October 24, 2019

QUESTION:        We are in the process of negotiating with insurers to conduct “delegated credentialing.”  We would like to use our Medical Staff Credentials Policy to perform delegated credentialing, but during a pre-delegation audit, the insurer informed us that our Policy does not comply with accreditation standards.  Why is that and what do we need to do?

ANSWER:          By way of background, we are seeing significant interest from hospitals in pursuing delegated credentialing with insurers.  Delegated credentialing means that the hospital performs the credentialing that insurers are required to do before accepting individual providers for participation with the insurers’ plans.  Since the hospital is conducting the credentialing for the insurer, the regulatory requirements and accreditation standards that control are those to which the insurer is subject.  The majority of these requirements and standards come from the Medicare Managed Care Manual, state Medicaid rules (if the insurer has Medicaid managed care plans), and insurer accreditation entities such as NCQA and URAC.

For the most part, these credentialing requirements and standards overlap with those for hospitals.  However, there are a few differences that need to be addressed if you plan to use your Medical Staff documents for delegated credentialing.  For example, the URAC accreditation requirements instruct that the Credentials Committee is tasked with making a “final determination” on applications.  This can be a sticking point for insurers accredited by URAC and which are delegating credentialing to a hospital using its Medical Staff policies for delegated credentialing.  The reason for this is because the Medicare Conditions of Participation and hospital accreditation entities, such as the Joint Commission, require the hospital’s board to make final decisions on applications for appointment and clinical privileges.

Nonetheless, this is not a difficult fix and you have a couple of options.  The first is to adopt a Credentials Procedures Manual that works in conjunction with your Medical Staff Credentials Policy.  You want to be sure that you note in this Manual that the procedures specified are designed to comply with, and for use in, the delegated credentialing process.  A second option is to add an appendix to your Medical Staff Credentials Policy, which includes all the provisions needed to comply with the regulatory requirements and accreditation standards for insurers.  For example, with respect to the “final determination” issue noted above, the appendix could instruct as follows: “For purposes of delegated credentialing and reporting practitioner effective dates to third-party payors, the date that the Credentials Committee, or chairperson of the Credentials Committee (for those applications that meet the criteria outlined in the Credentials Policy for “clean applications”), approves the practitioner’s credentialing will be used as the practitioner’s effective date.”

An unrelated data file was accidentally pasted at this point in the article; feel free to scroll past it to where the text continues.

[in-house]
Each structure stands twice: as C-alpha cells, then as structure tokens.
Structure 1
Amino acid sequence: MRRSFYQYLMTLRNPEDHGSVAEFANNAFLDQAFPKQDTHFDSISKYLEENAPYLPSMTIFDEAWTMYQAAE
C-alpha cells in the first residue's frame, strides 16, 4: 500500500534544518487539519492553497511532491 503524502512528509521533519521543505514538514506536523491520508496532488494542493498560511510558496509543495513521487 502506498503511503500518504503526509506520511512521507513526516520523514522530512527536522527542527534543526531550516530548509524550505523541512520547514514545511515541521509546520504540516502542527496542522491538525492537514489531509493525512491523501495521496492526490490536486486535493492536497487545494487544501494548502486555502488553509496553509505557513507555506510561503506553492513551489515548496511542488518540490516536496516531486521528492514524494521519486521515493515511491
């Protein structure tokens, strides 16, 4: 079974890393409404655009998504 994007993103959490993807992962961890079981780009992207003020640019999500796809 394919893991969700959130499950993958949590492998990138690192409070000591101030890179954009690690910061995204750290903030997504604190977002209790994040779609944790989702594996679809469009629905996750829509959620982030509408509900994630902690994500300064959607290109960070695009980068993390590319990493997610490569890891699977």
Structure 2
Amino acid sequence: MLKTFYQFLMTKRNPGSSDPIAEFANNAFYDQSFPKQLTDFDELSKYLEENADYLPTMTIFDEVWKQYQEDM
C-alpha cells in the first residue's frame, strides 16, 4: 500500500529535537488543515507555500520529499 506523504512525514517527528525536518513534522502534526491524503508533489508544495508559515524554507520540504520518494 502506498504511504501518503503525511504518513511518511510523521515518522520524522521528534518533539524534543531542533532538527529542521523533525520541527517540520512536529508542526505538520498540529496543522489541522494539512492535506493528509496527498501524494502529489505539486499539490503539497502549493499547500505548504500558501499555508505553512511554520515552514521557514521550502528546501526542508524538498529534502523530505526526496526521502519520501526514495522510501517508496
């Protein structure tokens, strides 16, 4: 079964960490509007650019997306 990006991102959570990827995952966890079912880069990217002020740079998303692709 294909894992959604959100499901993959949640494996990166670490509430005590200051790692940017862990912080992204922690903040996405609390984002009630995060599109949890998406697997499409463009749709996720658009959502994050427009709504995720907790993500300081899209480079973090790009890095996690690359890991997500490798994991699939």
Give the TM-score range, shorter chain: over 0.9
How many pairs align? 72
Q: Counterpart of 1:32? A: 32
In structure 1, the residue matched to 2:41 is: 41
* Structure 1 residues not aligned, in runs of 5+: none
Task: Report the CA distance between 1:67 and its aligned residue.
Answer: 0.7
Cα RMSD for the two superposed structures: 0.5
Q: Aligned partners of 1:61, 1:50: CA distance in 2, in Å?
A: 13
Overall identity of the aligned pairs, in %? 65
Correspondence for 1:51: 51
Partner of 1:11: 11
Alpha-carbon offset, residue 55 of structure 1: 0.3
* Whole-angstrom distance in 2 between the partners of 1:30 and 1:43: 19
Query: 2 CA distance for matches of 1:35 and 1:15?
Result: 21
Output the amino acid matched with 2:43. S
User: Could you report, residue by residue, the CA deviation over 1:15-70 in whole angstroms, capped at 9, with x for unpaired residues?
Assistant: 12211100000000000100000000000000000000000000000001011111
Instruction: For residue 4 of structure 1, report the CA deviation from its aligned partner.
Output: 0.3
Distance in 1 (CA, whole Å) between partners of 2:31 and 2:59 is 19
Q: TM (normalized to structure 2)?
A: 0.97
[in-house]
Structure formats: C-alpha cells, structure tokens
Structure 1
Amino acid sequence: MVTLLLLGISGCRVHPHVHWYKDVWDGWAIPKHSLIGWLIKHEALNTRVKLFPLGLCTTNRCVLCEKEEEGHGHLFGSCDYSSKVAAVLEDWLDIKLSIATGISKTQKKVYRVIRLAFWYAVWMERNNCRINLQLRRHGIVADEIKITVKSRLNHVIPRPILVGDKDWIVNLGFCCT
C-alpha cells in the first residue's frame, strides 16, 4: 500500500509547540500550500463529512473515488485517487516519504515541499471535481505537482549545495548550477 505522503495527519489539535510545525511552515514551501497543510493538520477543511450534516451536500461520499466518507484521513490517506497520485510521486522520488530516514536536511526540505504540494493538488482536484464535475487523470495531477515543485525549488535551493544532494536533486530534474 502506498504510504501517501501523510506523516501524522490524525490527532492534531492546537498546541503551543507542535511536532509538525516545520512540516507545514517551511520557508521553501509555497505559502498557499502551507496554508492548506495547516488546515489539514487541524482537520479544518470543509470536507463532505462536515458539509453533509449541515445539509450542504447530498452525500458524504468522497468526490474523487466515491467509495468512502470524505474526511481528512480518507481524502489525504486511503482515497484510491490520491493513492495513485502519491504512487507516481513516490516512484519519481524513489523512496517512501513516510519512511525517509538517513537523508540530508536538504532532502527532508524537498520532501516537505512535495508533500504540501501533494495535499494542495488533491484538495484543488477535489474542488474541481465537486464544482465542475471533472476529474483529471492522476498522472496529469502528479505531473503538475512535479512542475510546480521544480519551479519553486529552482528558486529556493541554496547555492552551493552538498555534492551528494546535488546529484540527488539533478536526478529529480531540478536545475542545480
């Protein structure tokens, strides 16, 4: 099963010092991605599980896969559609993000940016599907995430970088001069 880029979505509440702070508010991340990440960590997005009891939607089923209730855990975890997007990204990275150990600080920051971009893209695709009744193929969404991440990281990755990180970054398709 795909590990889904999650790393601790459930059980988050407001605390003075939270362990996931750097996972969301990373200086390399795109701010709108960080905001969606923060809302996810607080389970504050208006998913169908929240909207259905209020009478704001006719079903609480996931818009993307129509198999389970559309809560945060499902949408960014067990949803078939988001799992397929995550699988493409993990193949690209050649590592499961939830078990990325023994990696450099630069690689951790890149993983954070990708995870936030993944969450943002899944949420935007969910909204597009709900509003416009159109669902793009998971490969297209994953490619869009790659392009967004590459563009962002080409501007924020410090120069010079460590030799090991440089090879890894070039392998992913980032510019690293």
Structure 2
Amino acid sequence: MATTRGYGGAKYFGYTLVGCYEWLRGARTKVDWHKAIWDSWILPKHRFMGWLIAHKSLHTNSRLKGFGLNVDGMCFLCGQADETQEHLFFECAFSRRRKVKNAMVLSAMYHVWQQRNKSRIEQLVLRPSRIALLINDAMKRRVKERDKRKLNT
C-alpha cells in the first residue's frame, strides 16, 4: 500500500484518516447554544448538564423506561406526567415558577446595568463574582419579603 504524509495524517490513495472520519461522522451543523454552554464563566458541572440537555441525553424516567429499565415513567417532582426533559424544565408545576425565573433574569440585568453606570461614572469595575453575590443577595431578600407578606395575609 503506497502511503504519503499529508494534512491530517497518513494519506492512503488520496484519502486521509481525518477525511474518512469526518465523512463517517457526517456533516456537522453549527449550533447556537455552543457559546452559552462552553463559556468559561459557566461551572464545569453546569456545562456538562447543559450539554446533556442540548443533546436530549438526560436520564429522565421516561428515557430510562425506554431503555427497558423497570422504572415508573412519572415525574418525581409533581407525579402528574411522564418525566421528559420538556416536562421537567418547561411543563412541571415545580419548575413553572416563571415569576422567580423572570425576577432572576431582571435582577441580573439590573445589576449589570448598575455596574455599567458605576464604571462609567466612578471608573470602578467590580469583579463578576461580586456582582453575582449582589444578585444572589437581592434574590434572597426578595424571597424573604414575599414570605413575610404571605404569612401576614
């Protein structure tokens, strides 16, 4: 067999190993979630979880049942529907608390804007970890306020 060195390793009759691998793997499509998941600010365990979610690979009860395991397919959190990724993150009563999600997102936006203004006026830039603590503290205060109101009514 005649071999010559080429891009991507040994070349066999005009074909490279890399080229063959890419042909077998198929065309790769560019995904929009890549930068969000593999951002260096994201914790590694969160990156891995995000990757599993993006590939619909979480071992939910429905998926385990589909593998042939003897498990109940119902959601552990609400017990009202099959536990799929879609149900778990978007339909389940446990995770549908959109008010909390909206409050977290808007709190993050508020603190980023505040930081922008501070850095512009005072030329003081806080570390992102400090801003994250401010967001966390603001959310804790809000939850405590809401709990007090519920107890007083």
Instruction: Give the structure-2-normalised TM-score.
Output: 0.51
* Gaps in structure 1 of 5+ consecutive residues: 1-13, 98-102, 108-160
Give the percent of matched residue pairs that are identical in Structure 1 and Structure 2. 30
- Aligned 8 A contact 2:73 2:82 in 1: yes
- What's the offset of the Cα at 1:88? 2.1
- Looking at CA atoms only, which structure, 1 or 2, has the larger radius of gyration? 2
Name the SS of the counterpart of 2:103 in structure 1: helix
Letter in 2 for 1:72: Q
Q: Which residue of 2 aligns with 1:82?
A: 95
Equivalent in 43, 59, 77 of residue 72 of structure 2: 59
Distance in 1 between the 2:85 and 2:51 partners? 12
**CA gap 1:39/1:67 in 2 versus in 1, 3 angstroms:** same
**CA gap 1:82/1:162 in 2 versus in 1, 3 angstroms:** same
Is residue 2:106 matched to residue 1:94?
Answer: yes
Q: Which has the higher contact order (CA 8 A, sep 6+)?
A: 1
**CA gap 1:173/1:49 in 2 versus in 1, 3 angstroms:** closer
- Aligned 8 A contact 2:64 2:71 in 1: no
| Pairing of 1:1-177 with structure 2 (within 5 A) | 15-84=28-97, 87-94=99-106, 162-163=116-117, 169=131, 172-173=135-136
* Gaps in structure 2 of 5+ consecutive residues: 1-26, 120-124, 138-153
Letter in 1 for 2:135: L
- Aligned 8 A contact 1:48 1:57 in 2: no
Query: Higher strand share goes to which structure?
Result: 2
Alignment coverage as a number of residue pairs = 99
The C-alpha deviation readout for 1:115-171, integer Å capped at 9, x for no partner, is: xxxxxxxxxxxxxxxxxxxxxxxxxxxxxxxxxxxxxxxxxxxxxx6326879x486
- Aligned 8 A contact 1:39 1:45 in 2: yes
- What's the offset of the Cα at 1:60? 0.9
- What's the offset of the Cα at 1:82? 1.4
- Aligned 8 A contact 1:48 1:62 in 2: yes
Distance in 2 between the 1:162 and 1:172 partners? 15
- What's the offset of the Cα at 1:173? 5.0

July 26, 2018

QUESTION:        A physician on our staff has made numerous inappropriate entries into our patients’ medical records. These include scathing critiques of other practitioners and even nasty comments about his patients and their families.  While we have approached him several times to inform him that a patient’s medical record is not an appropriate forum for these comments, he claims he has the First Amendment right to put whatever he wants to in the records, and continues to do so. What can we do?

ANSWER:            Regulatory and accreditation standards make it clear that medical records should only be used to document objective clinical information relative to a patient’s care. Inappropriate editorial statements in a patient’s medical record that are used to be critical of the patient, other providers, or even the hospital itself do not advance the care of a patient and may create increased legal risks to everyone involved in that patient’s care.

A physician who has a complaint or concern regarding the care being provided by any other individual should be advised that the medical record is not the proper forum for addressing those concerns and should then be directed to the appropriate medical staff or administrative channels to report them.   Most times, providing this education and counseling to the physician is sufficient to resolve the issue.  However, if the inappropriate entries continue, then the matter should be referred for review under the medical staff’s Professionalism Policy or Code of Conduct.

Be sure to join Barbara Blackmond and Ian Donaldson for The Complete Course for Medical Staff Leaders, where we will cover practical, real-world approaches to managing unprofessional behaviors that can frustrate even the most experienced medical staff leaders.